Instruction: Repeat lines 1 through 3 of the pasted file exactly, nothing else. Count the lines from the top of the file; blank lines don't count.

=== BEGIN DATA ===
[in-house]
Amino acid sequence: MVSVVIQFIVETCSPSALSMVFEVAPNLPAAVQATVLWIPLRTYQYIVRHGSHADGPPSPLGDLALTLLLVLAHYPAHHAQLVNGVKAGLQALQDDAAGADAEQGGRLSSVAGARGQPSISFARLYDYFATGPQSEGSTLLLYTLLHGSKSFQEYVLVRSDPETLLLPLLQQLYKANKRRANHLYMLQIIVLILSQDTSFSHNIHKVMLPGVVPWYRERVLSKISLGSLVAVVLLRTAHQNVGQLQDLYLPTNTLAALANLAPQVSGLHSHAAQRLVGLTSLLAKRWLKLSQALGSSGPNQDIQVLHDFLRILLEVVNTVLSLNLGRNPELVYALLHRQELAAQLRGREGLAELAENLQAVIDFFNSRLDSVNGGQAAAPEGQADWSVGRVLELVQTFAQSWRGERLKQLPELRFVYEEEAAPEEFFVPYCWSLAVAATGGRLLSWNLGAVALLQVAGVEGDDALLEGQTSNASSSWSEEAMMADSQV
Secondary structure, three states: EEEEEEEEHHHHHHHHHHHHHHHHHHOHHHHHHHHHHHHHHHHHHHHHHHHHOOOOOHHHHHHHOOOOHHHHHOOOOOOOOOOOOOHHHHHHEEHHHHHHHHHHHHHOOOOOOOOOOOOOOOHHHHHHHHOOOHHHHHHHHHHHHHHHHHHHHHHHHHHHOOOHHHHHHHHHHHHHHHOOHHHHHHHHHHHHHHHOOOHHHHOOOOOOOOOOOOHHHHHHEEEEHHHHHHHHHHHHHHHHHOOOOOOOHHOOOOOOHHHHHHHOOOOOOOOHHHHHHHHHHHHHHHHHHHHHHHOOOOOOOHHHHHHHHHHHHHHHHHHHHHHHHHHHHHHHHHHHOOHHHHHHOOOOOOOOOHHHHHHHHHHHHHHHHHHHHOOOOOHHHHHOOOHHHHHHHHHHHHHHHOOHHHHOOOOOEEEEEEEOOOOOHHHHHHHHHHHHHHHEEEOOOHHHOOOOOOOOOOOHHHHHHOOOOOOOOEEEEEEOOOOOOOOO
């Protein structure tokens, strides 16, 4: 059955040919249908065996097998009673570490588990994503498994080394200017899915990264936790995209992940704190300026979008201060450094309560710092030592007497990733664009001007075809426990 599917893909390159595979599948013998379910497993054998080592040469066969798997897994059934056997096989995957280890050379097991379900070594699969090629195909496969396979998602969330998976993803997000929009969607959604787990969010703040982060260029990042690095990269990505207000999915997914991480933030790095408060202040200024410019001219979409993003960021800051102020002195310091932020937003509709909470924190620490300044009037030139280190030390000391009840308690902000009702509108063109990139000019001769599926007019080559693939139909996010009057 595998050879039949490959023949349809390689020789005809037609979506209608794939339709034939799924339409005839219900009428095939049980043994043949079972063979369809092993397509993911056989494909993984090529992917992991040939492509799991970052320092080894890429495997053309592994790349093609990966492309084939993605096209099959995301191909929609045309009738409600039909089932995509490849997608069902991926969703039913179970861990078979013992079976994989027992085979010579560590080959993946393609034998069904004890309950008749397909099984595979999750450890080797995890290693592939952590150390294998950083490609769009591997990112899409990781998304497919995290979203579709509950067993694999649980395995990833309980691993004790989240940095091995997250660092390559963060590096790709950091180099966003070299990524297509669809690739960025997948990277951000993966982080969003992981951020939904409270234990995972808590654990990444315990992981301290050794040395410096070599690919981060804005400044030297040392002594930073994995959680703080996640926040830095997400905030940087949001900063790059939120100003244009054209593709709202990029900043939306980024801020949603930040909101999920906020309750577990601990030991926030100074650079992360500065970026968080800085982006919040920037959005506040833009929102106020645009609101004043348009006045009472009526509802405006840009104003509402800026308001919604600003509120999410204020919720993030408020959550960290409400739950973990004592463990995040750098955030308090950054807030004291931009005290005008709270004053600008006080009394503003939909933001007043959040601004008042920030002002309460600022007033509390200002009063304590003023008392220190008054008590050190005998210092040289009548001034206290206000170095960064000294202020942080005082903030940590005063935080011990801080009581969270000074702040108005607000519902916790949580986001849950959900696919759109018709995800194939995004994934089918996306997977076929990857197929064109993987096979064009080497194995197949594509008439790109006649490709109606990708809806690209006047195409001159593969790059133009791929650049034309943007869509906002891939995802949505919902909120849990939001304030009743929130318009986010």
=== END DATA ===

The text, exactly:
[in-house]
Amino acid sequence: MVSVVIQFIVETCSPSALSMVFEVAPNLPAAVQATVLWIPLRTYQYIVRHGSHADGPPSPLGDLALTLLLVLAHYPAHHAQLVNGVKAGLQALQDDAAGADAEQGGRLSSVAGARGQPSISFARLYDYFATGPQSEGSTLLLYTLLHGSKSFQEYVLVRSDPETLLLPLLQQLYKANKRRANHLYMLQIIVLILSQDTSFSHNIHKVMLPGVVPWYRERVLSKISLGSLVAVVLLRTAHQNVGQLQDLYLPTNTLAALANLAPQVSGLHSHAAQRLVGLTSLLAKRWLKLSQALGSSGPNQDIQVLHDFLRILLEVVNTVLSLNLGRNPELVYALLHRQELAAQLRGREGLAELAENLQAVIDFFNSRLDSVNGGQAAAPEGQADWSVGRVLELVQTFAQSWRGERLKQLPELRFVYEEEAAPEEFFVPYCWSLAVAATGGRLLSWNLGAVALLQVAGVEGDDALLEGQTSNASSSWSEEAMMADSQV
Secondary structure, three states: EEEEEEEEHHHHHHHHHHHHHHHHHHOHHHHHHHHHHHHHHHHHHHHHHHHHOOOOOHHHHHHHOOOOHHHHHOOOOOOOOOOOOOHHHHHHEEHHHHHHHHHHHHHOOOOOOOOOOOOOOOHHHHHHHHOOOHHHHHHHHHHHHHHHHHHHHHHHHHHHOOOHHHHHHHHHHHHHHHOOHHHHHHHHHHHHHHHOOOHHHHOOOOOOOOOOOOHHHHHHEEEEHHHHHHHHHHHHHHHHHOOOOOOOHHOOOOOOHHHHHHHOOOOOOOOHHHHHHHHHHHHHHHHHHHHHHHOOOOOOOHHHHHHHHHHHHHHHHHHHHHHHHHHHHHHHHHHHOOHHHHHHOOOOOOOOOHHHHHHHHHHHHHHHHHHHHOOOOOHHHHHOOOHHHHHHHHHHHHHHHOOHHHHOOOOOEEEEEEEOOOOOHHHHHHHHHHHHHHHEEEOOOHHHOOOOOOOOOOOHHHHHHOOOOOOOOEEEEEEOOOOOOOOO